Investment in services and no cuts in Fife’s Budget

Fife Council Leader, David RossFife Council met on Thursday to set a balanced budget that protects services and freezes council tax for the coming year.

Council Leader David Ross said, “I’m pleased we’ve been able to protect our services from cuts this year and make some much-needed investments.  This has only been possible because we will benefit from additional one-off income next year and because of the efforts of our finance and service staff in the careful management of their budgets.”

Investment in services will include an additional £3.5m to maintain Fife's roads, £5m to replace the Council’s ageing vehicle fleet including bin lorries, and extra cash for street cleaning and grounds maintenance.

The council has also agreed that it will hold council tax at its current level and is calling on the Scottish Government to release £9.3 million that was being held back in lieu of an agreement to a council tax freeze.

Cllr Ross said “I’m pleased that one off investments have been possible this year, but the financial picture over future years continues to be challenging.  Whilst a council tax freeze is good news for Fife’s council tax payers, it will put pressure on how we fund our services in coming years.”

"We have a duty to set a balanced budget and this has been possible this year without the need for cuts to services, but the Council faces a budget gap of £24m rising to £42m in future years and the significant financial challenges we face can’t be underestimated.

"Council tax is the main source of funding within the council's own control and it's therefore disappointing that the Scottish Government is trying to impose a council tax freeze on Scottish local authorities without discussion or consultation. “

The council plans to review capital spending over the coming year to consider issues including the rising costs of dealing with flooding events, new secondary schools in Glenrothes and Kirkcaldy and the council's affordable housing programme.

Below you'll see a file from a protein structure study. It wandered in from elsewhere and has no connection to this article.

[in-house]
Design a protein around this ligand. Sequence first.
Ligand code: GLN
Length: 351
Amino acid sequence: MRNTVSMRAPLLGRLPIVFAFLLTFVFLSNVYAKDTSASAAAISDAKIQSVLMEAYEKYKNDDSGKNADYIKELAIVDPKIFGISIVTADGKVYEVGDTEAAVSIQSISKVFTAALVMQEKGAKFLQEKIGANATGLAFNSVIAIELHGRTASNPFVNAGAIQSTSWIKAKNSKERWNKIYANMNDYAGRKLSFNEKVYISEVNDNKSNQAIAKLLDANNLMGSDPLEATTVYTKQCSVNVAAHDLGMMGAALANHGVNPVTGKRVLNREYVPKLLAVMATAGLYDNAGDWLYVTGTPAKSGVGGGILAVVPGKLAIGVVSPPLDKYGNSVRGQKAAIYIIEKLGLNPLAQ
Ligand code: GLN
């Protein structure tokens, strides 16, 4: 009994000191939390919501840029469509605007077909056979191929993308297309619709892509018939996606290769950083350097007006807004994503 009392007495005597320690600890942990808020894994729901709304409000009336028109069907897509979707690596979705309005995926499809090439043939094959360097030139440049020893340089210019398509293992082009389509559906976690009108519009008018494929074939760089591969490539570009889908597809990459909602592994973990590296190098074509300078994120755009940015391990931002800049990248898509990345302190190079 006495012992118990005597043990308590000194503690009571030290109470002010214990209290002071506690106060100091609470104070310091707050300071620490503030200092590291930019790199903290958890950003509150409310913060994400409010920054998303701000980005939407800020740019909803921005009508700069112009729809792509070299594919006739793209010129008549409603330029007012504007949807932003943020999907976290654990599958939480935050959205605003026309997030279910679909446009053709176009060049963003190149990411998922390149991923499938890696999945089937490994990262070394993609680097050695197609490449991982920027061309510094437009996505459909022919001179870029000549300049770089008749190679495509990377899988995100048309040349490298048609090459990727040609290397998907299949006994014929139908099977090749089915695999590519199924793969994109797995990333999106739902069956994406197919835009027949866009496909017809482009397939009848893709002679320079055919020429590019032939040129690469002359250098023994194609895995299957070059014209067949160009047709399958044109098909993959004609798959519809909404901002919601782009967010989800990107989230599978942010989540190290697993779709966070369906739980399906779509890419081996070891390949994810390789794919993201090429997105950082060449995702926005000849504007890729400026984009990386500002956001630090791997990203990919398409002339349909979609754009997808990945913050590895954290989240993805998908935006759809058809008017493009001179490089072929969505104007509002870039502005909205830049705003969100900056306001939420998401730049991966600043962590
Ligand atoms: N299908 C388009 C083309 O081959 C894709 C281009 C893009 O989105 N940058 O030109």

Added Cllr Ross: "There are significant demands on our capital spend in the months and years ahead in the face of reduced funding allocations for vital flood defences, education and new build housing.

"But we remain ambitious for Fife and we are preparing to invest in our young people by providing all pupils with tablets or personal learning devices so that we can raise attainment and give them the digital skills they need for the modern world and that employers demand.

“We have to balance this against investments we want to make in our roads, schools, housing and community facilities."

Investments agreed by councillors today include:

  • £500,000 to help fund more educational psychologists in schools
  • £880,000 to support commercial bus routes across Fife
  • £610,000 to increase the number of street cleaning and grounds maintenance staff and invest in new pavement sweeping machines
  • £2.5 million to support those struggling through the cost of living crisis
  • £2.1 million in health and social care
  • £3.5 million to help repair Fife's roads
  • £540,000 on flood alleviation schemes
  • £500,000 to fund a grant scheme for householders to put flood prevention measures in place
  • £5 million to help replace some of the council's vehicles
  • £20,000 to allow pedestrian access to Dalgety Bay and St Andrews recycling centres
  • £200,000 to investigate the possibility of developing a municipal bus service in Fife
  • £250,000 to support work in Craigtoun Park to restore the Dutch village
  • £100,000 to support the work of Fife Coast and Countryside Trust

Concluded Cllr Ross: "Our capital plan will be reviewed over the course of the year and we will continue to monitor our financial situation very closely."

"It's good news that we are continuing to invest in Fife's communities and provide support where it's needed most.  However our financial challenges are not going away and as our resources are under huge pressure, demands for our services continue to increase.”